The Affordable Care Act instituted higher Medicare premiums—called Income-Related Monthly Adjustment Amounts (IRMAAs)—for retirees as their income level increases. In general, Medicare premiums for one year are based on MAGI levels from two years earlier.

In this column, we use MAGImed to denote the definition of MAGI as used to determine the level of Medicare premiums. MAGImed is defined as AGI plus tax-exempt interest.

Table 1 shows how monthly 2020 Medicare premium levels increase when MAGImed levels in 2018 breach income threshold levels. The 2020 income threshold levels for MAGImed are $87,000, $109,000, $136,000, $163,000, and $500,000 for single taxpayers, and generally twice these levels for married couples filing jointly.

 

 

We discuss how MAGImed affects monthly Medicare premium for a married couple, but the same logic applies to single clients. For MAGImed in 2018 of $174,000 or lower, the standard premium for Part B applies, which in 2020 is $144.60 per month per spouse and, when applicable, the plan premium for Part D (drugs) applies. Part D coverage is optional, but the monthly plan premium varies with each insurance plan.

Consider a married couple filing jointly that is taking Medicare Parts B and D for all 12 months. If their MAGImed exceeds the second, third, or fourth MAGImed income threshold level by $0.01, then their annual Medicare premiums two years hence will increase by more than $2,540. For example, the jump in annual Parts B and D premiums at $218,000 is $2,546.40, [{($144.60 - $57.80) + ($31.50 – $12.20)} x 12 months x 2 partners]. Thus, a couple may have to pay more than $2,540 extra in joint annual Part B and D premiums because their MAGImed rises $0.01 above $218,000, $272,000, or $326,000. These IRMAA premium increases effectively represent spikes in their marginal tax rate that exceed 254,000 percent.6

Taxation of Social Security benefits causes the marginal tax rates of many lower- and middle-income households to be either 150 percent or 185 percent of their tax bracket. Separately, the income-based increases in Medicare premiums (i.e., IRMAAs) can cause spikes in higher-income taxpayers’ marginal tax rates exceeding 254,000 percent.

Implications of Higher Marginal Tax Rates on Retirement Income for Married Couples

What are the implications of high marginal tax rates on retirement income for married couples of all ages when one spouse will die at least one calendar year before the second spouse?

First, one calendar year after the death of the first spouse (assumed male for clarity), the surviving widow will likely be forced into a higher tax bracket. Second, three calendar years after his death, the widow may be forced to pay larger Medicare premiums.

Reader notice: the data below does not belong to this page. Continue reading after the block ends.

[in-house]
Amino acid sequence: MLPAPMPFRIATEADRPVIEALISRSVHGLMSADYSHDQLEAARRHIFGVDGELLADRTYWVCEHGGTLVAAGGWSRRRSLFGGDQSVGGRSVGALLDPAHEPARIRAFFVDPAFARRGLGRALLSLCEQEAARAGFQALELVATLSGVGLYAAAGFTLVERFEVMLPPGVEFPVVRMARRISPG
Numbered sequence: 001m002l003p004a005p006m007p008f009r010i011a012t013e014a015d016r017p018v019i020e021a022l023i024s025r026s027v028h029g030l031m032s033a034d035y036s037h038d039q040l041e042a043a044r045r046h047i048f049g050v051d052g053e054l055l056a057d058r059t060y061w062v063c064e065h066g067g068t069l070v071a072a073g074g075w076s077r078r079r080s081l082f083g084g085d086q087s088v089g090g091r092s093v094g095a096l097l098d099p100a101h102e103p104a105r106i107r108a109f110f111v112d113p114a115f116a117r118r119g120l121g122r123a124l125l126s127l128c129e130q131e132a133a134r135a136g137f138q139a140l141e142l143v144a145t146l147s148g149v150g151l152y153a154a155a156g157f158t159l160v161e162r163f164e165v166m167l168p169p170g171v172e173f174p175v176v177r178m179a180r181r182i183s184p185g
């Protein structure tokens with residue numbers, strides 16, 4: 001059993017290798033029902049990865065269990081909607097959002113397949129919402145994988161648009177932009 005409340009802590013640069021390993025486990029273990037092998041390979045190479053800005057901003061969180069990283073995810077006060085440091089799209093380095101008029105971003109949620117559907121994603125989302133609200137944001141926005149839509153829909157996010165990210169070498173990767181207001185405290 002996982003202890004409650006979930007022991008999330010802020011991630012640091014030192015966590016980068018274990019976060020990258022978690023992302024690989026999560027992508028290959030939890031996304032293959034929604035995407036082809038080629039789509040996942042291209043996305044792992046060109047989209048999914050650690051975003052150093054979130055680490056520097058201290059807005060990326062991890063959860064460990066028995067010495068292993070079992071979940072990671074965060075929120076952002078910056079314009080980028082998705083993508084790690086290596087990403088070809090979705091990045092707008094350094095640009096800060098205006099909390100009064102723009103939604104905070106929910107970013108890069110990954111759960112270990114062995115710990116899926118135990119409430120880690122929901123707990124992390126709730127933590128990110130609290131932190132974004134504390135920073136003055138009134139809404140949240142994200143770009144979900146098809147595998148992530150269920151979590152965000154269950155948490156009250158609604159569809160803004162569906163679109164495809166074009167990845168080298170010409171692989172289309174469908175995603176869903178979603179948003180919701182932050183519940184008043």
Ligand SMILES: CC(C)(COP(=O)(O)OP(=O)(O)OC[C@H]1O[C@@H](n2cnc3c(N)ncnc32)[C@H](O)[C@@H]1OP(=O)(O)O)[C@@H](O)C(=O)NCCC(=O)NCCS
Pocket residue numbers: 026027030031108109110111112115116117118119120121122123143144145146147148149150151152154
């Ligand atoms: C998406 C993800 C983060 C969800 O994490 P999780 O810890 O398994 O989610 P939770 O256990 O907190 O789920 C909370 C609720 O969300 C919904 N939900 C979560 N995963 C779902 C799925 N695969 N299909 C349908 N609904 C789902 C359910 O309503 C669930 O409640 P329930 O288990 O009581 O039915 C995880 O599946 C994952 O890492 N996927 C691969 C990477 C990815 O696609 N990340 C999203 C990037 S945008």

Married couples may greatly reduce the sizes of both their joint lifetime income taxes and their joint lifetime Medicare premiums by using Roth conversions while both partners are alive.7

For example, if the husband dies in 2027, then the surviving widow files taxes in 2028 and subsequent years as a single taxpayer. She’s likely to be in a higher tax bracket for a few reasons. First, she will face tax brackets for single individuals. Second, she will have the lower standard deduction associated with a single taxpayer. Third, if the personal exemption comes back, as scheduled in 2026, she will have only one personal exemption, versus two. Fourth, if she is at least 72, her AGI will probably be only slightly lower than their joint AGI before the husband’s death.

In most cases, the surviving spouse’s AGI will consist primarily of RMDs from tax-deferred accounts (TDAs), like a 401(k), the taxable amount of Social Security benefits, and pension benefits, when applicable.

The surviving widow typically inherits the TDAs of her deceased husband. If the widow is the same age as her husband, her RMDs will be the same size as their combined RMDs would have been. If the widow is slightly younger than her husband then her RMDs will be slightly lower than their combined RMDs would have been, and vice versa.

She’ll also inherit the larger of their two Social Security benefits. Due to the rules determining the taxable amount of Social Security benefits, the taxable amount of Social Security benefits for the widow will likely be close to, and could exceed, the taxable amount if both spouses were alive.